Impractical Jokers: The Movie ‘an unnecessary experience’

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With the beginning two months out of the year gone, Hollywood is now moving past the annual dumping grounds of terrible movies. It is a well-known fact that if a movie is thought to be unsuccessful by a studio, they release it early in the year to maybe make a little money. We are in March now and I assumed that time of the year was gone, we could look past box office failures like Dolittle and Fantasy Island. However, then came a movie I didn’t know existed until about 3 weeks ago. Impractical Jokers: The Movie is an adaptation of TruTV show that follows four friends competing in a series of challenges in which one has to do or say whatever the others tell him. This results in each member being socially embarrassed in a group of people who have no clue that they are on a TV show. So how did they adapt this into a movie? The short answer is, terribly. 

So how did they adapt this into a movie? The short answer is, terribly. ”

— Tanner Bass

The movie follows four lifelong friends, Joe, Murr, Brian “Q”, and Sal as they go on a road trip to a party thrown by early nineties pop star, Paula Abdul. The catch is that she only gave them three tickets for the gang of four, so they must on the way compete in a series of challenges to see who will not be able to go to her party. Not a half-bad way to tie a narrative into what really is a reality TV show, the problem is, however, that it’s executed fast and quick.

This film can be broken down into a quick introduction in the form of a flashback that sets the half baked conflict. The middle, where all the challenges happen. Then finally the abruptly short end. The story is of little interest to the Jokers throughout the majority of the film, not being mentioned during the challenges and with such little stakes as this movie has, so why even bother? I think it could’ve been a relatively alright movie if they cared about this portion, with more exposition and conflict. Sure it has the bare minimum of a conflict, but it’s never mentioned as much as it needs to be and is resolved in literally less time than it takes to buy the tickets for the film. I don’t understand why it didn’t take the route of a certain vulgar Johnny Knoxville series… The movie has a bad narrative and bad editing.

All the sequences that weren’t hidden cameras for the challenges were shot awfully. Not that the camera work is truly bad, it’s just the cringe-worthy editing. Every cut just goes on too long and doesn’t feel seamless with the other, holding for just a quarter of a second too long. Then, they didn’t hang the audio between each clip, causing each character to feel disconnected from one another when each of them delivered their lines. They just missed the basics of editing and it showed, causing a laughably (in a negative way) bad pace. That’s for its narrative segments however, so I will say when the self-named Tenderloins were doing their challenges, It had me laughing harder than anyone else in that empty theatre.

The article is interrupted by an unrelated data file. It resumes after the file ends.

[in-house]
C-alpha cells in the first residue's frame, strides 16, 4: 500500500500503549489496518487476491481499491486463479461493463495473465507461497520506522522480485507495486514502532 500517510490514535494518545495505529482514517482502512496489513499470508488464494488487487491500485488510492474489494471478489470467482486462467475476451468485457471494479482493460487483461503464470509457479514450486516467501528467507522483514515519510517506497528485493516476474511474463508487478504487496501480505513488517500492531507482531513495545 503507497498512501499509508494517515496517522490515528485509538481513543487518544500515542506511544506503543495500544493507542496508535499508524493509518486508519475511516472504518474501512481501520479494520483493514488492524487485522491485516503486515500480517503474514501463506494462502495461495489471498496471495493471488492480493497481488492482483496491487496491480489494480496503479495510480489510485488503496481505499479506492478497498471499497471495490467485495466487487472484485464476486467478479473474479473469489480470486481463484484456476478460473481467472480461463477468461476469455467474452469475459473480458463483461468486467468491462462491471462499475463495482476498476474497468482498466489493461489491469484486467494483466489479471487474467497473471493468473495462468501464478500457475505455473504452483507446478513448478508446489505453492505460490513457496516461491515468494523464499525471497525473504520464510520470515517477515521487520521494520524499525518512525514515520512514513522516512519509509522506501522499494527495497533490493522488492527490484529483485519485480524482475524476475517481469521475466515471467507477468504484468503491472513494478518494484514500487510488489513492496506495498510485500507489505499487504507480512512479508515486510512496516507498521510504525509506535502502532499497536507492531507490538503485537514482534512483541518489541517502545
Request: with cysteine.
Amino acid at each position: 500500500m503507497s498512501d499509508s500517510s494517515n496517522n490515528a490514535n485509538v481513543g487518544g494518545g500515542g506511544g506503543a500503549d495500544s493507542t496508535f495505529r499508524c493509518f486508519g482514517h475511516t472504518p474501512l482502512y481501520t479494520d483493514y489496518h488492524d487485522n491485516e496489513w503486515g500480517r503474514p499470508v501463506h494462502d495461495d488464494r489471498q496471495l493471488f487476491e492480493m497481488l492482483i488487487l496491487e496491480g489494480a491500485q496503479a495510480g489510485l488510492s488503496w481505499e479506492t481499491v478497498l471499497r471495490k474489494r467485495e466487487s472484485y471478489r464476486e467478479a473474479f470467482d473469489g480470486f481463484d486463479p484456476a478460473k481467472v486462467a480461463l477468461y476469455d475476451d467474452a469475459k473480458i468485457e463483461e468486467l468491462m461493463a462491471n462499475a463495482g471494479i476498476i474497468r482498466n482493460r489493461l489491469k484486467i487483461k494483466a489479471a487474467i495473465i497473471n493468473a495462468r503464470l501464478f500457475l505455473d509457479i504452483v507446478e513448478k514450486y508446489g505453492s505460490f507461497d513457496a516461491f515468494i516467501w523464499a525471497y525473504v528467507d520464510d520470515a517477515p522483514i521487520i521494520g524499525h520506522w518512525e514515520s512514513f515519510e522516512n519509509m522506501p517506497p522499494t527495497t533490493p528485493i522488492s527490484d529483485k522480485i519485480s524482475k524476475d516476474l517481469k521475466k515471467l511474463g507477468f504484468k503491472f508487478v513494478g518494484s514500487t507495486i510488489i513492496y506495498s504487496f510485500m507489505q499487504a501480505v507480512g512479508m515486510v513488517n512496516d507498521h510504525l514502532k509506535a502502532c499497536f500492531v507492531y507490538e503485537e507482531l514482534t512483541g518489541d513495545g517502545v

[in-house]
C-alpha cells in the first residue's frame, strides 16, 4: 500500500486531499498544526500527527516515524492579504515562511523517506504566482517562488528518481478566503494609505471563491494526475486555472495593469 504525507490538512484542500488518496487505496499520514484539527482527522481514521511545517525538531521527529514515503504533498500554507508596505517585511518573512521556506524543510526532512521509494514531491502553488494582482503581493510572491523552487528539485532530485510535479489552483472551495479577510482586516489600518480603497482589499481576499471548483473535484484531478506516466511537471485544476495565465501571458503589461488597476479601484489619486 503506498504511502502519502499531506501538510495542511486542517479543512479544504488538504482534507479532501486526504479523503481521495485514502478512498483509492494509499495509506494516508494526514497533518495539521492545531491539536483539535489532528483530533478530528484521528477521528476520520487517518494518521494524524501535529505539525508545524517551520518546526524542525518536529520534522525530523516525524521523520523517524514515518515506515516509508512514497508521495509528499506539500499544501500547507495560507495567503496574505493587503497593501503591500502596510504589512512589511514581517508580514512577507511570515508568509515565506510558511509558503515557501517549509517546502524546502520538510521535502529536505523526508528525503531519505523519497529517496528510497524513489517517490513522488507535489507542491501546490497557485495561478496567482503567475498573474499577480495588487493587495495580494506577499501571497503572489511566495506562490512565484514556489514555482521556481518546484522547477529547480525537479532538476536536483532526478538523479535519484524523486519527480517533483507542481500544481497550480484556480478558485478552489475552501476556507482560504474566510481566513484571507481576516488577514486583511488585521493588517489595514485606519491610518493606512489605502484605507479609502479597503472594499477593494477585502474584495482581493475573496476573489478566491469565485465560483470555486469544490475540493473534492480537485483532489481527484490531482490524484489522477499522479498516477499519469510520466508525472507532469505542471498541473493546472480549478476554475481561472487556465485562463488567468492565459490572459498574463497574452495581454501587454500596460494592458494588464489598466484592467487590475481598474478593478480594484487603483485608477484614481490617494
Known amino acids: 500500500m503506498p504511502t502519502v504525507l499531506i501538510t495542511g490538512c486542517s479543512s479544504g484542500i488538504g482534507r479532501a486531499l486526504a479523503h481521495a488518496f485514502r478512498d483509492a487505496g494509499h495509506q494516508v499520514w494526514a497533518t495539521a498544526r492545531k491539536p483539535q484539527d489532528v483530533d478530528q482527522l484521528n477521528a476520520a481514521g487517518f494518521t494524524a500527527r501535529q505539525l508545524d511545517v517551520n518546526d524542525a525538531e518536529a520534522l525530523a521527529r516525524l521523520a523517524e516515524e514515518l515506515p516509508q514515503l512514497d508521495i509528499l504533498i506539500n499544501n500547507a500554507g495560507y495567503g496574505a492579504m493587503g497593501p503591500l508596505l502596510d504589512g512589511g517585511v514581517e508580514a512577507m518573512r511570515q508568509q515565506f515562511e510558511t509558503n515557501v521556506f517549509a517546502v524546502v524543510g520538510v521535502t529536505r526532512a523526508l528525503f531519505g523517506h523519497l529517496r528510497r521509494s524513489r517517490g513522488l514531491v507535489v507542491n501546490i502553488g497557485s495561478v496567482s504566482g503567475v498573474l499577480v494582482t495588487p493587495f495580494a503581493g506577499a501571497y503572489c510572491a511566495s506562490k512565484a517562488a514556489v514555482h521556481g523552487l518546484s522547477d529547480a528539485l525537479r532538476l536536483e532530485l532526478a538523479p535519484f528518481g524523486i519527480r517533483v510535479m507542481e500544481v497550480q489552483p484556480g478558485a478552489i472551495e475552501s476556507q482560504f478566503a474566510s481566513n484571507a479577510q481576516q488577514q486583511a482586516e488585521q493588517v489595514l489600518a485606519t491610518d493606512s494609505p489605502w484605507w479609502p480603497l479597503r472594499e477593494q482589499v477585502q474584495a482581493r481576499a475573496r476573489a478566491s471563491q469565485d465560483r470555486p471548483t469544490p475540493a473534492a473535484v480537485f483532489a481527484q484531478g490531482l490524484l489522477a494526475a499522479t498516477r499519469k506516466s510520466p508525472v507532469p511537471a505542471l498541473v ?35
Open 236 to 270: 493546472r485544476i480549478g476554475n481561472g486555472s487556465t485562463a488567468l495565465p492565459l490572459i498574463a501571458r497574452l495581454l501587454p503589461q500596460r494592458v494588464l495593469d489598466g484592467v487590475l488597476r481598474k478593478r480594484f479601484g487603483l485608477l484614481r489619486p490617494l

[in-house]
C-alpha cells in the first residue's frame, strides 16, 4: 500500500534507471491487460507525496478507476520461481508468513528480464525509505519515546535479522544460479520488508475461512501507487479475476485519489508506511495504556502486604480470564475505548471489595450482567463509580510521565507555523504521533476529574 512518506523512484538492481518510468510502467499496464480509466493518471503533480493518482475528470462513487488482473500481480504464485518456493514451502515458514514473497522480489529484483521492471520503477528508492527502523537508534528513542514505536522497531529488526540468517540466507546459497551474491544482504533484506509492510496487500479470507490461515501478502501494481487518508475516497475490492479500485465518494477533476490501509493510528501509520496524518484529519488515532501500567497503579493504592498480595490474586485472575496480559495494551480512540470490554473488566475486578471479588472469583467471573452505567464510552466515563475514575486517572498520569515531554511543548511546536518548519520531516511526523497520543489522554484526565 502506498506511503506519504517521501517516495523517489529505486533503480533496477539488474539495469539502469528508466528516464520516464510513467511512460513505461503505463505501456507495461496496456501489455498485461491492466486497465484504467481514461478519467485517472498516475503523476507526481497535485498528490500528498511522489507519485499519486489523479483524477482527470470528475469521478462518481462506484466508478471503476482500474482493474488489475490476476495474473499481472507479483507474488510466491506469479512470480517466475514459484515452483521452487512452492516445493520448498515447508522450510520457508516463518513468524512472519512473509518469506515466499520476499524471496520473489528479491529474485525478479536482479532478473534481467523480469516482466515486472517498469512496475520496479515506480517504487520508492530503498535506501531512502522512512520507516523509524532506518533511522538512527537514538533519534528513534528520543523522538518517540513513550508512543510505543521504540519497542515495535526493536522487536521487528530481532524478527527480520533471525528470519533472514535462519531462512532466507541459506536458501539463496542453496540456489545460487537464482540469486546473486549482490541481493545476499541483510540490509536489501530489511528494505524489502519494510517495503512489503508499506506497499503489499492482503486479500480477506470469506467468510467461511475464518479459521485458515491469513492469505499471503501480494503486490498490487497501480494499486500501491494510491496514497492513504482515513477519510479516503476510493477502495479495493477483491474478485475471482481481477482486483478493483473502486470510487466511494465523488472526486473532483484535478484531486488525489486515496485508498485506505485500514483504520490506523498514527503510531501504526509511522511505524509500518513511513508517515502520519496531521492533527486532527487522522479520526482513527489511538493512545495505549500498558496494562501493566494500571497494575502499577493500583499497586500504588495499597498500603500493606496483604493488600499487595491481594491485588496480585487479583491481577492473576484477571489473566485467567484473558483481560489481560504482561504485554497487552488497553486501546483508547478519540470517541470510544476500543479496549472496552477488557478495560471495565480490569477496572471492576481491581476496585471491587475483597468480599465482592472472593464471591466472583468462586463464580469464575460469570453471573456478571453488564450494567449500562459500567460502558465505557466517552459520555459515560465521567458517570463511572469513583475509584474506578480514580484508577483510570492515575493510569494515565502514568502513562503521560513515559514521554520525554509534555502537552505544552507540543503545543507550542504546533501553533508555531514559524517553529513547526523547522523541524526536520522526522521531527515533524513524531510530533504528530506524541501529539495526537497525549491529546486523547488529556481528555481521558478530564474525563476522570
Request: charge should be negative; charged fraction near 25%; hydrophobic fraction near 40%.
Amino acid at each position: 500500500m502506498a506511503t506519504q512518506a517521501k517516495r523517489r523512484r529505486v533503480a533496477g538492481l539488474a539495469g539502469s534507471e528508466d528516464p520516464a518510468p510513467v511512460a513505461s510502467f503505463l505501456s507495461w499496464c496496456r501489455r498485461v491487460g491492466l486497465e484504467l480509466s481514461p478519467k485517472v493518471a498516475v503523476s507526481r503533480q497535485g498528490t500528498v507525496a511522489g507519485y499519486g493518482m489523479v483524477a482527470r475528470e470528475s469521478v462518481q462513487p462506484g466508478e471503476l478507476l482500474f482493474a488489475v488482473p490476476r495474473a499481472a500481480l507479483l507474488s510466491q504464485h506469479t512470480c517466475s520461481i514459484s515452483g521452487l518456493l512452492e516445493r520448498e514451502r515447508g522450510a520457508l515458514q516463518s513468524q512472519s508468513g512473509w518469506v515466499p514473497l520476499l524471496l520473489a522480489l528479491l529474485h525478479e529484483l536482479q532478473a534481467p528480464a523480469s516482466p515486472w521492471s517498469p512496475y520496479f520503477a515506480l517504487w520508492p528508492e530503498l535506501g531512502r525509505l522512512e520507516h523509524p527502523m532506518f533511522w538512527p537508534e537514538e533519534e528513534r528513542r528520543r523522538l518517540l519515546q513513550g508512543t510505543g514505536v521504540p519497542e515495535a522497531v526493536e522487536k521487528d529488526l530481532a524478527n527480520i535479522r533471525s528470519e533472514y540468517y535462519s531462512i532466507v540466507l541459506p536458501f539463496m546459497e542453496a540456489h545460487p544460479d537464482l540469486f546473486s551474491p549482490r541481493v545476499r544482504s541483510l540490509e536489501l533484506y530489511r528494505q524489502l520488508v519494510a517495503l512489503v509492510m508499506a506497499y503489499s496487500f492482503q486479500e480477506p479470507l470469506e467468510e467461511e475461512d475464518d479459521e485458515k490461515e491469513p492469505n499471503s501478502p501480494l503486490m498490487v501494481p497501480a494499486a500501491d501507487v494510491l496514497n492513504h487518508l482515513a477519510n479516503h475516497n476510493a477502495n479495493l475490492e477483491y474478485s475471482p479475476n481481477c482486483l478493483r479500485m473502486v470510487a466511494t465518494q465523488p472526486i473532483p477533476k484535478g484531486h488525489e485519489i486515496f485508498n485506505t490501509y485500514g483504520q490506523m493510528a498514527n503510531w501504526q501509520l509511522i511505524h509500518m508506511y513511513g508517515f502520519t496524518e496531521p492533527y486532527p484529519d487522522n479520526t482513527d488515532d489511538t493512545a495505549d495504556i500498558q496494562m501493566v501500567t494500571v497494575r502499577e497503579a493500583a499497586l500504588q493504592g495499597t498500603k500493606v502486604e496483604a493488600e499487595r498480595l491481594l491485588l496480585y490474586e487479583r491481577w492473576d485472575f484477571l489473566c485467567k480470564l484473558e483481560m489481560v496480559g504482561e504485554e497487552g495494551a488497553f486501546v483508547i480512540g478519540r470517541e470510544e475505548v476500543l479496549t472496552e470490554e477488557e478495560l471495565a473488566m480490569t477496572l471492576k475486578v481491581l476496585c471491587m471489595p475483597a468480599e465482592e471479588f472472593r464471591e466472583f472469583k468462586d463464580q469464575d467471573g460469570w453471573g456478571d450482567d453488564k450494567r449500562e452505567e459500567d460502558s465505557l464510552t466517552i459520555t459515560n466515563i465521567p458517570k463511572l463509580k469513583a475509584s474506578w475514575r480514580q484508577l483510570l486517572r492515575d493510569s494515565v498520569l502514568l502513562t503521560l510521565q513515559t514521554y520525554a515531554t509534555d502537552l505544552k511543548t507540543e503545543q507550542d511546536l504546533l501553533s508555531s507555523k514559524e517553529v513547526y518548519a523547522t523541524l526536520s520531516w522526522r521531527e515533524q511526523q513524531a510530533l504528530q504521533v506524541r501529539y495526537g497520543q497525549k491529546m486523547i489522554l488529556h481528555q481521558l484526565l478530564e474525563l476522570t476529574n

That’s to be expected of course.

Four guys running around, being publicly embarrassed and purposefully awkward, is funny, but it’s nothing you wouldn’t see from the nine seasons of the show.”

— Tanner Bass

Four guys running around, being publicly embarrassed and purposefully awkward, is funny, but it’s nothing you wouldn’t see from the nine seasons of the show. They are some seriously confident men saying what they do to random people, so that must be applauded. But there’s no bigger spectacle when seeing them on the silver screen. They never take the chance to do something that wouldn’t be allowed on the show which makes it feel like they just had leftover challenges from previous seasons and just threw them together in a compilation. Granted, some words did go uncensored and a certain Joker named Murr did sacrifice his dignity for this film, but it’s not like they couldn’t have added a few bleeps and bars to make it appropriate for the small screen. I know that they filmed these segments specifically for the film, as it just looks nicer and higher quality, but it doesn’t stop the material from not filling the shoes of that higher quality equipment. The whole concept of getting reactions out of real people to decide one loser who doesn’t go to the party is seriously challenged by the ending.

Let me explain. If the narrative-driven ending is decided by random reactions of people, then how did they know what to film for the ending? Did they just plan for four separate endings? One extremely ambiguous ending that could fit the needs of each unique Tenderloin? Or did they decide the loser before ever filming? In any circumstance, the film’s ending is rushed and unfunny. What should have been thirty minutes of content, was squeezed into eight resulting in the quickest climax to resolution sequences I’ve ever seen in a movie. Throw in a random Joey Fatone cameo and the loser getting punished in a decent spectacle, this film leaves you underwhelmed. 

All in all, Impractical Jokers: The Movie is bad. It had some potential with its decent concept to make a relatively ok movie, but it just does the bare minimum. It always has this awkward self-awareness, as they seem to recognize their very niche audience and deliver something they would like. It is funny with its challenges, but that’s to be expected from them nine years after the first season.

If you are a fan of this show, wait for it to inevitably come on TruTV. If you’re looking for something to watch on TV in two years, check it out.”

— Tanner Bass

If you are a fan of this show, wait for it to inevitably come on TruTV. If you’re looking for something to watch on TV in two years, check it out. 3.5/10